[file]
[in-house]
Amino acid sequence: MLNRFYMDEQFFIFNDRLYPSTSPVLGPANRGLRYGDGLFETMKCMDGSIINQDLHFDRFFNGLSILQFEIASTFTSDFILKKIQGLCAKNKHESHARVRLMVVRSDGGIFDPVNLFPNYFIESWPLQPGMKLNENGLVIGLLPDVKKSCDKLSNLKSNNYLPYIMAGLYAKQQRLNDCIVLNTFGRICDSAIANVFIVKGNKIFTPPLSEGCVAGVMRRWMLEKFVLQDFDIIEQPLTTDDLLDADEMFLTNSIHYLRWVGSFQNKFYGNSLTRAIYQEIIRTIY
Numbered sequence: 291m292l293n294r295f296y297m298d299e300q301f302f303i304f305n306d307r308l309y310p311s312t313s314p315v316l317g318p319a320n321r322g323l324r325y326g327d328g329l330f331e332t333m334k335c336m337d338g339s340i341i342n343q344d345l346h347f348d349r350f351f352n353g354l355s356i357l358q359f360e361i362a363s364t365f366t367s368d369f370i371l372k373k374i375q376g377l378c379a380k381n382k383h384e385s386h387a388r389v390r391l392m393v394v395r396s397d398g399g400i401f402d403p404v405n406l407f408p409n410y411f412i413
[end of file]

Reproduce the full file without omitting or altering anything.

[in-house]
Amino acid sequence: MLNRFYMDEQFFIFNDRLYPSTSPVLGPANRGLRYGDGLFETMKCMDGSIINQDLHFDRFFNGLSILQFEIASTFTSDFILKKIQGLCAKNKHESHARVRLMVVRSDGGIFDPVNLFPNYFIESWPLQPGMKLNENGLVIGLLPDVKKSCDKLSNLKSNNYLPYIMAGLYAKQQRLNDCIVLNTFGRICDSAIANVFIVKGNKIFTPPLSEGCVAGVMRRWMLEKFVLQDFDIIEQPLTTDDLLDADEMFLTNSIHYLRWVGSFQNKFYGNSLTRAIYQEIIRTIY
Numbered sequence: 291m292l293n294r295f296y297m298d299e300q301f302f303i304f305n306d307r308l309y310p311s312t313s314p315v316l317g318p319a320n321r322g323l324r325y326g327d328g329l330f331e332t333m334k335c336m337d338g339s340i341i342n343q344d345l346h347f348d349r350f351f352n353g354l355s356i357l358q359f360e361i362a363s364t365f366t367s368d369f370i371l372k373k374i375q376g377l378c379a380k381n382k383h384e385s386h387a388r389v390r391l392m393v394v395r396s397d398g399g400i401f402d403p404v405n406l407f408p409n410y411f412i413